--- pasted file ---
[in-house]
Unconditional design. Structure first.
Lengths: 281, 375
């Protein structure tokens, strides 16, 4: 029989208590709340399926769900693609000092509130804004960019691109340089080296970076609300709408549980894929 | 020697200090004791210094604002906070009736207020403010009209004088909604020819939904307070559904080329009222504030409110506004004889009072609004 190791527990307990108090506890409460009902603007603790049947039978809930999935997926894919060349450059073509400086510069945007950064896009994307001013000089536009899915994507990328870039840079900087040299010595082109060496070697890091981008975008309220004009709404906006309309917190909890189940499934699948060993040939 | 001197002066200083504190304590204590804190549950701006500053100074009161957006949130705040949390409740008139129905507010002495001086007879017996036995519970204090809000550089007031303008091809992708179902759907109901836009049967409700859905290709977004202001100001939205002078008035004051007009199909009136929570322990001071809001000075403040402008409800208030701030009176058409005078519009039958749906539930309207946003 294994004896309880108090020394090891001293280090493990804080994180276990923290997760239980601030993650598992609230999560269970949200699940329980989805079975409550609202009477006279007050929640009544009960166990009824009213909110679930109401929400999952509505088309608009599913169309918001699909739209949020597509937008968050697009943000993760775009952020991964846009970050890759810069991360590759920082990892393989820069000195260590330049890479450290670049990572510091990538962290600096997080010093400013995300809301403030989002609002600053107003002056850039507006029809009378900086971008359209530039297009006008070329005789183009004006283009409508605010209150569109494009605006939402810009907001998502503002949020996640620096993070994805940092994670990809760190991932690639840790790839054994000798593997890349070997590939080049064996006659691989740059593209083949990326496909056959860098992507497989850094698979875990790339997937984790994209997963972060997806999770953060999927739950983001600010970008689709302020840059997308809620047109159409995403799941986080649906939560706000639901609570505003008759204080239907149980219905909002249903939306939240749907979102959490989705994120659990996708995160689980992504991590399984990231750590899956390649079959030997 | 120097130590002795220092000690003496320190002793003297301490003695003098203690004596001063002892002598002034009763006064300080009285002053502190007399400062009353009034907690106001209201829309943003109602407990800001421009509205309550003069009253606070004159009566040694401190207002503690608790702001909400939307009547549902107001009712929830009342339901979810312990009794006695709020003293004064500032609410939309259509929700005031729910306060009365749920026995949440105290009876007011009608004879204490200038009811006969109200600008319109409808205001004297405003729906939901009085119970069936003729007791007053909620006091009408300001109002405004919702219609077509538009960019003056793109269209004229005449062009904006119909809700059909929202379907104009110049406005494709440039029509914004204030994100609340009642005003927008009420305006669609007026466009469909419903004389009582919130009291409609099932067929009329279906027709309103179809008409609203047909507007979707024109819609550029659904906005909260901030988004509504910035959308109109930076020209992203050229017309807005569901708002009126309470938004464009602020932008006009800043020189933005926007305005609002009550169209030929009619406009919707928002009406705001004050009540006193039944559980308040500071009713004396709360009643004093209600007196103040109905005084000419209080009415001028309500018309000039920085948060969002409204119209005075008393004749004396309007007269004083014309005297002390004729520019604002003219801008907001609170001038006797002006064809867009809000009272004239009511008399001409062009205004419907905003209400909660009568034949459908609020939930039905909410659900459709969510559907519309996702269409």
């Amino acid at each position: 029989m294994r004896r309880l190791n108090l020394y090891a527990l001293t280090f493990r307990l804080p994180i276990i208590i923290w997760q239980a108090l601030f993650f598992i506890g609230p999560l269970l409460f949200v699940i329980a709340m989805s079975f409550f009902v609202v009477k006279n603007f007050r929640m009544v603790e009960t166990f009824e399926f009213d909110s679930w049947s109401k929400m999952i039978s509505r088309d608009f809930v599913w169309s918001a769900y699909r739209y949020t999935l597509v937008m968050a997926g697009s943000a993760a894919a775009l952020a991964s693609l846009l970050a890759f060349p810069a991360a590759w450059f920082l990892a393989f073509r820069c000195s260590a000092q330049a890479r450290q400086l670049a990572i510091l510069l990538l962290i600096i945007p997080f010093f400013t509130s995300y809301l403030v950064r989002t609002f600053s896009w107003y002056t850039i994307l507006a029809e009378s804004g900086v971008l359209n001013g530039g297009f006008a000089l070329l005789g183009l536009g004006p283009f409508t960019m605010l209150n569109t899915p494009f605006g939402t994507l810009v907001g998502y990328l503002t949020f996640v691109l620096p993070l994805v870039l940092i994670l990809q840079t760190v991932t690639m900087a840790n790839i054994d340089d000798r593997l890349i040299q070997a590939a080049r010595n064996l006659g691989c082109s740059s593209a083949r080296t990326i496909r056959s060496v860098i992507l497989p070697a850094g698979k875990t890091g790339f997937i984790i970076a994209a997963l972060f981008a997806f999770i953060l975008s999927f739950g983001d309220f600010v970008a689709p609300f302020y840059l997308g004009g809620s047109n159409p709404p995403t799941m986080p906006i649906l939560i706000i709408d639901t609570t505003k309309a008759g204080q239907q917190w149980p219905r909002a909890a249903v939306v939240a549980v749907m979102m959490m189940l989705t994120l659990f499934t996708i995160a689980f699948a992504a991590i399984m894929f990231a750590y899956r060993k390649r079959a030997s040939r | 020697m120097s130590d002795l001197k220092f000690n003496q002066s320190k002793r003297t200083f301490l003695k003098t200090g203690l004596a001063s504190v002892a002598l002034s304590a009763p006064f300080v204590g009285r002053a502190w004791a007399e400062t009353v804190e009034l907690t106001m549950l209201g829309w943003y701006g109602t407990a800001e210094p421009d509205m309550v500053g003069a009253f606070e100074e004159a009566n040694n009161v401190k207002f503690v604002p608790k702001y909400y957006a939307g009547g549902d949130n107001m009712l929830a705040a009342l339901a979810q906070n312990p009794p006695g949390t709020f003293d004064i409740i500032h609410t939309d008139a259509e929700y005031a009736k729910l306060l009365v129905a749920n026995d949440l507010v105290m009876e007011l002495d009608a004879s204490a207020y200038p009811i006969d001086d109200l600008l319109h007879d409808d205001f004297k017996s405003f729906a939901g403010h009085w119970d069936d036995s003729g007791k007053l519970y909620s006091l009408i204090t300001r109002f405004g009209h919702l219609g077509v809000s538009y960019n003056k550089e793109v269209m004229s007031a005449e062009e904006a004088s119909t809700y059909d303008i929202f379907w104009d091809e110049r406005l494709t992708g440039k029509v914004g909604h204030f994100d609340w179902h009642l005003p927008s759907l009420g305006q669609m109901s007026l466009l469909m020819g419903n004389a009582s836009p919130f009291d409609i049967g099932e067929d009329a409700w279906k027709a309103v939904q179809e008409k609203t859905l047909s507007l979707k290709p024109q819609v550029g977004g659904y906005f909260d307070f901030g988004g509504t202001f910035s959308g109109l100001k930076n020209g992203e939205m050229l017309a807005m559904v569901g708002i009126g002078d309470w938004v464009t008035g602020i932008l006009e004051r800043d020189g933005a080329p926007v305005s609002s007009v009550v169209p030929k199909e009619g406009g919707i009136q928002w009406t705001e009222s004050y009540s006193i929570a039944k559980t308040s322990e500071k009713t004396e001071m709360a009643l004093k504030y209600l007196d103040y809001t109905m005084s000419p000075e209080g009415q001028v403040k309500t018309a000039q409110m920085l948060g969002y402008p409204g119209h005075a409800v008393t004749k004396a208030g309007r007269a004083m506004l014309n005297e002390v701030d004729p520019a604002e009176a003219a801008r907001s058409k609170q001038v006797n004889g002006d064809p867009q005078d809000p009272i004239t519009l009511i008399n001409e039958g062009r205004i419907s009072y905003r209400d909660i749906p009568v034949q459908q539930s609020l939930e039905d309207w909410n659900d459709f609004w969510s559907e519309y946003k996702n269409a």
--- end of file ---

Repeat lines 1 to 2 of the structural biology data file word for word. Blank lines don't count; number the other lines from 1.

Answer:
[in-house]
Unconditional design. Structure first.